Though technically we may no longer be in the midst of a recession, we still feel it tugging at our purse strings. For many the feeling of economic uncertainty is showing no sign of dissipating in the near future and, in truth, it most likely won’t. We are told that new jobs are being created and the government is working to alleviate the deficit, but we still witness sudden crests and troughs in oil prices and a steadily increasing debt. It seems as though the government and private citizens alike are realizing that to pay your bills today you must owe money tomorrow. The devaluation of the dollar is becoming an international spectacle and foreign investors place their bets which currency will be the next dollar. Political pundits are quick to point the finger of blame in an attempt to give quick and dirty answers as to why our financial situation is not shaping up the way we had hoped it would.
Some say it’s the president; others, oil speculators, and some xenophobes will tell you it’s China; but the truth is that we face constant economic uncertainty because our currency is inherently unstable. Gone are the days of the Bretton Woods system and enter the era of the dollar as fiat currency. Our dollars are no longer redeemable in gold and are essentially worthless pieces of cotton that are only of nominal value because some other countries fix their currency to the dollar, while most use it as a reserve currency for international exchanges. Yes, how we measure the dollar’s value is now a bit more abstract compared to how it was when the central banks were investing in gold. Instead of being tied to gold reserves, it is compared to exchange rates, Treasury notes, and foreign exchange reserves.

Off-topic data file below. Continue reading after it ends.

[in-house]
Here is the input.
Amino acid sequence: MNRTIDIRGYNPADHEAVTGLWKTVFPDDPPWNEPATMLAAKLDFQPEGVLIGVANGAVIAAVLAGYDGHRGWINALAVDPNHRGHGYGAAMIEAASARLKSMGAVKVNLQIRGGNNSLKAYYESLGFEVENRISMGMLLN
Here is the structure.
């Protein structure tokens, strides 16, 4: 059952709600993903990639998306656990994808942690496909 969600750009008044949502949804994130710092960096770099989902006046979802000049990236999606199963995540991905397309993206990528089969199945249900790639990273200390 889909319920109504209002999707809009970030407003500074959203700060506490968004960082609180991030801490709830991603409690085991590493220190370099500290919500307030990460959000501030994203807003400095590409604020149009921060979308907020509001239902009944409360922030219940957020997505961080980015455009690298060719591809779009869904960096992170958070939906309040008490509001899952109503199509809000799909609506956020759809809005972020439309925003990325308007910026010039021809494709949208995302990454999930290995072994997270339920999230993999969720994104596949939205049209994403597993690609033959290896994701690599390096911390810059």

Under the new system, drafted during the Nixon era, the Federal Reserve has more liberty to manipulate interest rates, the amount of money in circulation and reserve requirements for other banks. Our elastic currency can readily respond to changes, such as rapid inflation. However, it entirely abolishes any form of accountability, leaving the status of our economy a point to be manipulated by opposing parties during elections. This causes more rapid and dynamic movement as monies are transferred, expectations are shattered and a cycle of negative reinforcement is perpetuated based on bad, flat-out erroneous, financial information, propagated by the media.
The stability of investing in precious metals, something determinable by factors, like production, that are concrete and leave little room for debate is unfortunately incongruous with the dynamics of the free market. It appears we must have a floating currency to be able to accommodate a growing economy. Yes, it is growing, but when viewed through the lens of dollar amounts and a staggering deficit it is hard for investors and citizens alike to believe this is so.